Am I too old to learn how to play guitar?
If you’ve always wanted to learn, there’s good news—experts agree that there is no age limit.
“The majority of my students are people around the age of 30, 40,” says Darius Chrobak of Guitar Couch.
At that age, Chropak says, many students are looking to the guitar to provide an outlet they don’t find elsewhere.
“They’ve got a job, and they’ve got kids, and now it’s time—what else should I do in my life?”
“The guitar may be one of those things that actually bring some light into your life, and will make your days more fun,“ Chrobak continues.
“As long as you’re living and you have fingers, and you can move those fingers across the fretboard, then, yeah, you can play guitar,” explains Jake Posko, of Seven River Guitar in Annapolis, MD.
BUT IT CAN GET HARDER
One thing that may slow guitarists down are the aches and pains that come with age.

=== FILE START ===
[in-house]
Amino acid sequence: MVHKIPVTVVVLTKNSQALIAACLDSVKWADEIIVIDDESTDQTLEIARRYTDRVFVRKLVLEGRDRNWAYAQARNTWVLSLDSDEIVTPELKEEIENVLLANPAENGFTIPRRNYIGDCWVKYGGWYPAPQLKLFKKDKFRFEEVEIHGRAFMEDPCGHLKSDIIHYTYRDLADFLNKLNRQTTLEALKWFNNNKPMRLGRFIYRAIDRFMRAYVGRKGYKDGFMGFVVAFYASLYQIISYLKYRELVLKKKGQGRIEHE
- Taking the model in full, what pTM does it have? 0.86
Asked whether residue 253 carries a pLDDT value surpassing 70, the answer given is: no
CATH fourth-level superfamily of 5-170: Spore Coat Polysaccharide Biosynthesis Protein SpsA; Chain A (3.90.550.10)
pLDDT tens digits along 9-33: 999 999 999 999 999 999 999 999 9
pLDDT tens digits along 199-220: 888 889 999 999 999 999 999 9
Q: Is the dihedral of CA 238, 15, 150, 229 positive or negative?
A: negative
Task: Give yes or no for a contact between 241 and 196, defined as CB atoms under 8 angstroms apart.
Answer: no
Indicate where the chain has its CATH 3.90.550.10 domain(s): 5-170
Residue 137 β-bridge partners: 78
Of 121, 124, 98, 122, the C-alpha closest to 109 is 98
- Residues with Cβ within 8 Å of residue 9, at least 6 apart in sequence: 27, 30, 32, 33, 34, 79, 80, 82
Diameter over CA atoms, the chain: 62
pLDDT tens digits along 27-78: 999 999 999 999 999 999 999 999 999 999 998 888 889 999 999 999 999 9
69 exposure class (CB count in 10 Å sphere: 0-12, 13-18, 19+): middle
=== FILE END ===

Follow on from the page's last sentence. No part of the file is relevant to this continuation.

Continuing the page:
“I have one student that comes to mind, she had issues with arthritis in her fingers,” says Dieter Ulrich Peise, of Guitar Ingenuity. “She experienced some pain at certain times when she was playing. But, again, that’s not necessarily just an age thing, that can happen to all of us.”
“As you are older, you may have injuries, or your hands may be not as quick as before. But that doesn’t mean you can’t play the instrument, OK?,” Chrobak says. “You may not be able to play ultra-fast solos, but you know, I promise you, you can do it.”
Indeed, some say older students are actually better equipped to get started than their younger counterparts.
“Adults tend to be more studious, they’re more disciplined, and, also, they are more patient,” Wirth continues.
“In my opinion, a youth can’t compete with an experienced, studious, patient, and disciplined adult when it comes to learning guitar.”